The rig includes quarters for up to 200 workers. There is also a helicopter deck suitable for MI8, S61, and EH101 helicopters.[6] The rig has been described by the industry sources as "the latest technology for deepwater drilling operations."[9]

Construction and deliveryEdit

Taisun crane at the Yantai Raffles Shipyard holds the 17,100 metric ton deck box of Scarabeo 9 in the air as the barge is moved out from underneath.

Scarabeo 9 was ordered by Frigstad Offshore, a Singapore based offshore drilling rigs management service company. For this purpose, a special project company Frigstad Discoverer was established in 2006. The original name of the vessel was decided to be Frigstad Oslo. In 2007, the project company was acquired by Italian engineering and offshore services provider company Saipem and it was decided to rename the rig Scarabeo 9.[11]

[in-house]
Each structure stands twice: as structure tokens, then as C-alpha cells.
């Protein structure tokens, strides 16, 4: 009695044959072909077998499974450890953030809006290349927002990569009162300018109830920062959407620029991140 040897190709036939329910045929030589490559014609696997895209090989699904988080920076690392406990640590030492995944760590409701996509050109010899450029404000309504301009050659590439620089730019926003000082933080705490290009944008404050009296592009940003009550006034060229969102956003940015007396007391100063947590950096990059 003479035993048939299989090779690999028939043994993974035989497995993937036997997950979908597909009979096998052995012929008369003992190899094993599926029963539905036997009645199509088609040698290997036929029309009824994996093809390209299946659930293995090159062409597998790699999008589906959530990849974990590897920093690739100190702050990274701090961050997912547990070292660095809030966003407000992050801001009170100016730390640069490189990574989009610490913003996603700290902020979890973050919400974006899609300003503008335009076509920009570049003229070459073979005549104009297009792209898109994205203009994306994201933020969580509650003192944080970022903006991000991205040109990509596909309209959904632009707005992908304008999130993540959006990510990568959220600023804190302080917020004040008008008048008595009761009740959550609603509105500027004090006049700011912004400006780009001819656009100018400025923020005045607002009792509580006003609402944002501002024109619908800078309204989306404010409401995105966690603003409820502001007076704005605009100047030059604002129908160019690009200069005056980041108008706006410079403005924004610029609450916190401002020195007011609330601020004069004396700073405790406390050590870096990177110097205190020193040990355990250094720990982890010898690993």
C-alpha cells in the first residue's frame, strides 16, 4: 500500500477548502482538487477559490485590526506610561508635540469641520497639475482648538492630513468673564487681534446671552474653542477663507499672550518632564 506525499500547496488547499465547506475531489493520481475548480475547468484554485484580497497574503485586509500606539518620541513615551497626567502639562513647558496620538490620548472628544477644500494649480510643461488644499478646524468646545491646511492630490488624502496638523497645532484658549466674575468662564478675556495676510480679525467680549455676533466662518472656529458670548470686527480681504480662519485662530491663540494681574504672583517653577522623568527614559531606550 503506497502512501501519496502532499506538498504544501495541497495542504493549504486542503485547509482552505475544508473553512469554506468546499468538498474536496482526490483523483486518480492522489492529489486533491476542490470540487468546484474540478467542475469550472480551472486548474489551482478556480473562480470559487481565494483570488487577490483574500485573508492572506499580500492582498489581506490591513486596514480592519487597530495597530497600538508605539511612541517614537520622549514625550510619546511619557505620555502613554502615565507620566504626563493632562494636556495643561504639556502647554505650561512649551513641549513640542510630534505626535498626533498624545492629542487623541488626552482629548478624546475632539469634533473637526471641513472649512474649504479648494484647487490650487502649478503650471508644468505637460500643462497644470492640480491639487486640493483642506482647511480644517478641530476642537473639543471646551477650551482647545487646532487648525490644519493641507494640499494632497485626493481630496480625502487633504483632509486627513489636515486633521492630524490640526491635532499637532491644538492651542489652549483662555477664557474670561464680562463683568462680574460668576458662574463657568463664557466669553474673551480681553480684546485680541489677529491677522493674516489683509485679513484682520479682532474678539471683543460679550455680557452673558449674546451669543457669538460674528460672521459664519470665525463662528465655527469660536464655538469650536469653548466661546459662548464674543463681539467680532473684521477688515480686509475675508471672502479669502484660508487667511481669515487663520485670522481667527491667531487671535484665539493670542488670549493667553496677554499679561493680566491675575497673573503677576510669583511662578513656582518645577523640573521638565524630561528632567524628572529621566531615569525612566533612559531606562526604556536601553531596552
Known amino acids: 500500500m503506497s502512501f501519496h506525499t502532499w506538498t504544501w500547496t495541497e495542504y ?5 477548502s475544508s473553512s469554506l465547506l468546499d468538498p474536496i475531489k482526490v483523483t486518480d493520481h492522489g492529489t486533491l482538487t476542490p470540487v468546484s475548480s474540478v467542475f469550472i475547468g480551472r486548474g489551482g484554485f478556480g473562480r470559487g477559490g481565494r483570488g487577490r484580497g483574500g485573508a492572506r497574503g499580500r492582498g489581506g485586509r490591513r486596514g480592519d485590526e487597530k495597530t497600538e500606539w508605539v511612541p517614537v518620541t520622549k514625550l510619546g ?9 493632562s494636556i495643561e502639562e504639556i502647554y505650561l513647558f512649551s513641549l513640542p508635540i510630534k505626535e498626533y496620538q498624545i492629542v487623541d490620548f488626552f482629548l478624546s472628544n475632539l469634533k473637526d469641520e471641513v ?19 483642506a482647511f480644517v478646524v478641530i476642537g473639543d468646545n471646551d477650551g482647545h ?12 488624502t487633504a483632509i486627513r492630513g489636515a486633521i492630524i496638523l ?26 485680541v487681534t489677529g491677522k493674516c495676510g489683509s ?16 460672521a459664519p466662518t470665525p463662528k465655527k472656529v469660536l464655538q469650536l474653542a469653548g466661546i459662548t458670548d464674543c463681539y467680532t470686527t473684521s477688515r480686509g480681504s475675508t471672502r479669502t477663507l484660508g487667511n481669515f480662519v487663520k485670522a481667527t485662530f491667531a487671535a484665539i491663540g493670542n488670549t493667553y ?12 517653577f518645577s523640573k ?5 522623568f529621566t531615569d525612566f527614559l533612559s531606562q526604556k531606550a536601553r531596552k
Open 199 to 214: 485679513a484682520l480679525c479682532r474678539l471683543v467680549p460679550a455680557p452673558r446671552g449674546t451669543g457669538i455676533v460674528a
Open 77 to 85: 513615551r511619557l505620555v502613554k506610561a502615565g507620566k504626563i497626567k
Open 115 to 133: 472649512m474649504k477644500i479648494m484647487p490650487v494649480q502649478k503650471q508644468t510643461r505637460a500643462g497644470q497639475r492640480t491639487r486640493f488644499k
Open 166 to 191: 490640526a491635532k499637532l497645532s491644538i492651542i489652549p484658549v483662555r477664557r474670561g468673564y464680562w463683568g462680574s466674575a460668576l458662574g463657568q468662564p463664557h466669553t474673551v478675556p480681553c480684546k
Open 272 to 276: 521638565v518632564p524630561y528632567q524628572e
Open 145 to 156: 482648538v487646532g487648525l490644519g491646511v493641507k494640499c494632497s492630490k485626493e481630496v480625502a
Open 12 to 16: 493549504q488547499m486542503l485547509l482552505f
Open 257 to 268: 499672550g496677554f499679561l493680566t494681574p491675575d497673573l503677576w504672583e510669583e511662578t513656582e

The rig cost US$750 million to build.[12] It was constructed at the Yantai Raffles Shipyard in Yantai, China. The contract was signed on 5 April 2006, the keel was laid on 1 April 2008, and originally the construction was to be completed in September 2009.[1][13] After several delays at the Yantai Raffles shipyard it was shipped to the Keppel FELS shipyard in Singapore for the final completion in 2010.[7] The reason of delays was related to a number of orders which were carried out simultaneously at the Yantai Raffles shipyard.[5] Changing shipyards caused additional cost of between US$70 and 100 million.[14] Beside of the Keppel FELS shipyard also the SembCorp Marine's Jurong Shipyard in Singapore was considered for the completion works.[10]